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AWS, GoDaddy Named in Ashley Madison Lawsuit

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A lawsuit has been filed against Amazon Web Services (AWS) and GoDaddy by three anonymous plaintiffs for hosting websites that reproduced the user data stolen from Ashley Madison. The suit seeks $3 million in damages, and also names 20 other defendants, three of whom operated sites which sold the leaked user data.

The suit was filed in an Arizona federal court, and can be read via The Register (PDF). It acknowledges separate legal action directly against Ashley Madison, but alleges those named in the suit have been involved in the possession and distribution of stolen property.

“(T)his action deals with a different injury inflicted upon Ashley Madison users by persons and entities who have obtained the stolen data, repurposed it such that it is more readily accessible and searchable by the media and curious Internet users, and actively distributed it for their own gain,” the lawsuit said.

It also cites a ruling by an Ontario court that issued a restraining order against sharing the leaked data, referring to it as stolen property. The identities of the 3 site operator defendants are unknown by the plaintiffs, but AWS and GoDaddy were identified as hosts of the three sites through WHOIS records.

“John Doe” anonymous defendants 4-20 are unnamed persons or entities, leaving room for the plaintiffs and their legal representative Internet law firm Kronenberger Rosenfeld to add more hosts or website operators in the future.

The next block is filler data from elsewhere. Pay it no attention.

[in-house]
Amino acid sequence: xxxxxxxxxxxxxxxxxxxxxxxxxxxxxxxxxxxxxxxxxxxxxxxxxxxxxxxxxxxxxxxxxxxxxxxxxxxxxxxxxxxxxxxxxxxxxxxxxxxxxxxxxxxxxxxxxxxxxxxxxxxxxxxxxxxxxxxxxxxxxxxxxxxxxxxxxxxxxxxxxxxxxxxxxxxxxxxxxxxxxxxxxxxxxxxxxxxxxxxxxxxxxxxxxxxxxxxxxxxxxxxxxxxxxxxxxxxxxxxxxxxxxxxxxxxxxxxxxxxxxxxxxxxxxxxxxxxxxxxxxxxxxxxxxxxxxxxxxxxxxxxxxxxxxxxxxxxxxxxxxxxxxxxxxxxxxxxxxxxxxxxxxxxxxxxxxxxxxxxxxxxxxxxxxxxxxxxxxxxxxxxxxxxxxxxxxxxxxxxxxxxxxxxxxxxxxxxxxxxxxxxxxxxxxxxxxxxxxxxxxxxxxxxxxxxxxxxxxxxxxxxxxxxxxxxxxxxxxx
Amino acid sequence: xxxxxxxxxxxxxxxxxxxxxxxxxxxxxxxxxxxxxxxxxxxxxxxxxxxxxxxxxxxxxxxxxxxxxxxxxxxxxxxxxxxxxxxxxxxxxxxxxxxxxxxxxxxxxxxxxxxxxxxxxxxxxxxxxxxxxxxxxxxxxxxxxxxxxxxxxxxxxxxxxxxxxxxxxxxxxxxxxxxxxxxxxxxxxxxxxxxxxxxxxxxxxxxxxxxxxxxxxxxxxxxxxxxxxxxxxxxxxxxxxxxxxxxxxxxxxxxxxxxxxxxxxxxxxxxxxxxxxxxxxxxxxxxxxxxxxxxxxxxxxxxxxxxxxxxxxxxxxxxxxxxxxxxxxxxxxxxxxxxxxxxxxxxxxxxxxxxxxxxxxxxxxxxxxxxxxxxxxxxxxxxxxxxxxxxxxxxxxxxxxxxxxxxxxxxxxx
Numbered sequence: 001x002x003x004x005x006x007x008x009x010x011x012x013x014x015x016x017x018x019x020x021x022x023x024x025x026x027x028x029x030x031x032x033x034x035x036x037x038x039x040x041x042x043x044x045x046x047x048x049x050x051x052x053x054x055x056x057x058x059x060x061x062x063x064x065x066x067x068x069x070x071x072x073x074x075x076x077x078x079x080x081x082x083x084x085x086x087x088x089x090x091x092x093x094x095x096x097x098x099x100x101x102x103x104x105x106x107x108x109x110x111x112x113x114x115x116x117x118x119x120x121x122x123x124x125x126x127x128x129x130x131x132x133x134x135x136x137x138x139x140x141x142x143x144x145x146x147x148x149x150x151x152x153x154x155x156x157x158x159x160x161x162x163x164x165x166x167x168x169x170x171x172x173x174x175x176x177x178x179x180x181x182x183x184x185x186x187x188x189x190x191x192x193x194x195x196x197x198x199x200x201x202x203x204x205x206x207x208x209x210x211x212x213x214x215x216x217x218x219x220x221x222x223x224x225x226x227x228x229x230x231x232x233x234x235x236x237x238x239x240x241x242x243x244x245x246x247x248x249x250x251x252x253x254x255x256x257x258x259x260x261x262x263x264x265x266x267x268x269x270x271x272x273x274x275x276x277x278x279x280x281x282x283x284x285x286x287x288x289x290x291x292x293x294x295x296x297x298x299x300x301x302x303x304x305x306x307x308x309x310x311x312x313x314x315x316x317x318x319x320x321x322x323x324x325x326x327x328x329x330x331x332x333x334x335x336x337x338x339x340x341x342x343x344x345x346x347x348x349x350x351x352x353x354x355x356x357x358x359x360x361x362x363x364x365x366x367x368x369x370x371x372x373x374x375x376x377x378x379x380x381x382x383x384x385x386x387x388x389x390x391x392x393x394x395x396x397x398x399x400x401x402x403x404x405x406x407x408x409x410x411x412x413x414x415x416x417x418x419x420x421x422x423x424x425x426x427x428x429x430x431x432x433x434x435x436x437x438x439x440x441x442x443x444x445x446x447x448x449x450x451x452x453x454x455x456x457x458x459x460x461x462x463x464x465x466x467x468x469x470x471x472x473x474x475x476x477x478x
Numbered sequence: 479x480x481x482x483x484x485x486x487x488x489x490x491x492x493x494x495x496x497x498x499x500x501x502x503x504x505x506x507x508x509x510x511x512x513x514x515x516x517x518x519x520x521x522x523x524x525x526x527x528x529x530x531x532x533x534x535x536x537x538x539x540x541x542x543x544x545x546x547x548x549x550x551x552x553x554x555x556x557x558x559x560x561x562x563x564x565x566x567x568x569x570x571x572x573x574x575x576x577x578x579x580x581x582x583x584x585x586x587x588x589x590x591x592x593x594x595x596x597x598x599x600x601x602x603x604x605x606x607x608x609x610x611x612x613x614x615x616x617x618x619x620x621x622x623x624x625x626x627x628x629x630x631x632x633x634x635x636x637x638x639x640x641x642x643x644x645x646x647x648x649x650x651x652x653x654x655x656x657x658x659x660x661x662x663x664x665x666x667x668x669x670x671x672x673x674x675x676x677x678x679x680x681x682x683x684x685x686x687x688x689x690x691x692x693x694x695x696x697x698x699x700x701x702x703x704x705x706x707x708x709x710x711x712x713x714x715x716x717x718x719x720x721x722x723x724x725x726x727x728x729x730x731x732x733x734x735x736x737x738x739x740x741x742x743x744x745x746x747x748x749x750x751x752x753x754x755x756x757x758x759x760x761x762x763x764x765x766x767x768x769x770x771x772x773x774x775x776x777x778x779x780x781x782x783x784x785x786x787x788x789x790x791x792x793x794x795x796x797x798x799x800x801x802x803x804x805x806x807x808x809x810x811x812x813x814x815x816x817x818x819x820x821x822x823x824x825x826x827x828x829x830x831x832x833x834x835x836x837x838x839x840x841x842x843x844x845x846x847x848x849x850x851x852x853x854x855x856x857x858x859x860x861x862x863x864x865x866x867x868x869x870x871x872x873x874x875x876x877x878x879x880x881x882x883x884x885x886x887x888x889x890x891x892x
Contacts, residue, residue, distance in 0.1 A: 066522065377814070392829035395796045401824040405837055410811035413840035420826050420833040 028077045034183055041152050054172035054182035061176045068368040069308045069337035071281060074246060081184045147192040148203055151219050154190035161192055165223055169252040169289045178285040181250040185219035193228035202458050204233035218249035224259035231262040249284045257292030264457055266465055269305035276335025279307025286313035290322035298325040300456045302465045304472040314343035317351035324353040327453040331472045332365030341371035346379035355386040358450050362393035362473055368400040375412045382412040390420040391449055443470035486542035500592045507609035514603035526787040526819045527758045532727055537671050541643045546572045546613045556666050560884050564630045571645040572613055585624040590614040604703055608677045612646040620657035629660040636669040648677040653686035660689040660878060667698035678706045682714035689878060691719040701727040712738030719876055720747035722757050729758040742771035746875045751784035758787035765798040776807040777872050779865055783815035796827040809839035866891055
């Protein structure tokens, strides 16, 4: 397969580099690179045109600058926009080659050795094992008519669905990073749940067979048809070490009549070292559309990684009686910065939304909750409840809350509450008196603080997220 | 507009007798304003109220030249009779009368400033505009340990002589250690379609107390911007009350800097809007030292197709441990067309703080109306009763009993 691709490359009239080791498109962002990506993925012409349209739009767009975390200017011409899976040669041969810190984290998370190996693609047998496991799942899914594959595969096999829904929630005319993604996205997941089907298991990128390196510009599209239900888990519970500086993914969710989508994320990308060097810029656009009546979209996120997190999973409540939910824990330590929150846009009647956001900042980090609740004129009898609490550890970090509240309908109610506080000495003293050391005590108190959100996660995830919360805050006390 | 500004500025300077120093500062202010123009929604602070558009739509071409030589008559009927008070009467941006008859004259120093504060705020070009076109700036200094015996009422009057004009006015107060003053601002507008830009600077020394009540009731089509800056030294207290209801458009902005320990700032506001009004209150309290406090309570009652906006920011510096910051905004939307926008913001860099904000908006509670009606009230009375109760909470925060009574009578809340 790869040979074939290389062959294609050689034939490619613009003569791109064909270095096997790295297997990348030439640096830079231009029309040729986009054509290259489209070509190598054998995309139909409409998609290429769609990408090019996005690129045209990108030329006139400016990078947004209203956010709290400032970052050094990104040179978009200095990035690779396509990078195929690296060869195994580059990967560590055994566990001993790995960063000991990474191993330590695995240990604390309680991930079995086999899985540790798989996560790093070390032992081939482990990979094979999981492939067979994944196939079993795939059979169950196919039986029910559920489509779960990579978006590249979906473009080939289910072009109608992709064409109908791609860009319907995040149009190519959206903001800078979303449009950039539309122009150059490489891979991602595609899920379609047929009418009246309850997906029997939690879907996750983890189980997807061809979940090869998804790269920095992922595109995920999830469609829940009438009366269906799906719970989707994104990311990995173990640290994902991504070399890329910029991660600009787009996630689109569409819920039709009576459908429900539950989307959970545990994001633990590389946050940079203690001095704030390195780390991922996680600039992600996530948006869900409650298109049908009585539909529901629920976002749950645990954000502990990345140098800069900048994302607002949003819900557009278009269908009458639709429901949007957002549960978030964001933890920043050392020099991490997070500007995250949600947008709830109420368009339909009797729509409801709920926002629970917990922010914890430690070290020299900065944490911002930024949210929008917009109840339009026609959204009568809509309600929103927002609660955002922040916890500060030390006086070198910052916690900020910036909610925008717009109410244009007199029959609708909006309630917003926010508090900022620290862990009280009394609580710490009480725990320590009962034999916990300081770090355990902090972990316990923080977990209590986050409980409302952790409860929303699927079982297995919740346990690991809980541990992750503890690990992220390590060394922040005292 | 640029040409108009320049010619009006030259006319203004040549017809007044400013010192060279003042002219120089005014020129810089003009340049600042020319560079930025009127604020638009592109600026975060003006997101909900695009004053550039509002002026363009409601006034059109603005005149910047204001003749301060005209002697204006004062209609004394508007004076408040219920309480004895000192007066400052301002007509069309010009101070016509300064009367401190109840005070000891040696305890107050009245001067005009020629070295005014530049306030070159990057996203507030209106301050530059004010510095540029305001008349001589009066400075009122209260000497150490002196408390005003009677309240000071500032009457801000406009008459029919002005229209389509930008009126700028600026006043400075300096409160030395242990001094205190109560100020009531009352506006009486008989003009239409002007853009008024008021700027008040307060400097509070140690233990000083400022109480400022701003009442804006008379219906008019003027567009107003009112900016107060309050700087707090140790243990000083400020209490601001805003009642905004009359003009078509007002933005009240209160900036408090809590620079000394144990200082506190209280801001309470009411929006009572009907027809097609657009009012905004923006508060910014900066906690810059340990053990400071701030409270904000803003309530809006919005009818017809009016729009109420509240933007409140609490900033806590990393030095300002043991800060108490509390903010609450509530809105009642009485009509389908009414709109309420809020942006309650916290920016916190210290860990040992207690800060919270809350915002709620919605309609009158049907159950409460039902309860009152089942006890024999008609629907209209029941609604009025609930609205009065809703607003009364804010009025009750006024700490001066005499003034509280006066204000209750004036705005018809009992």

The legal question from a hosting perspective is the accuracy and applicability of the phrase “are in willful, knowing possession of the Stolen Data.” This is the accusation brought against all defendants, and while the site operators will not be able to claim that their possession was not “willful” and “knowing,” AWS and GoDaddy will defend the companies’ role as, if anything, one of unwilling and unwitting use by the real criminals.

The good news for GoDaddy and AWS is that there is likely precedent that they are not responsible for policing the content of the sites they host, such as GoDaddy’s 2014 court of appeals victory related to hosting “revenge porn” site Texxxan.com.

A Russian court decision last year that a web host was responsible for pirated content on its servers is generally considered part of a draconian approach to Internet governance. Meanwhile, it is not clear that web hosts even have the legal right to erase customer content, given the ongoing struggle Carpathia is having with legacy Megaupload servers.

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About the Author

Chris Burt is a WHIR contributor and writer of both fiction and non-fiction. He can be found on Twitter @afakechrisburt.

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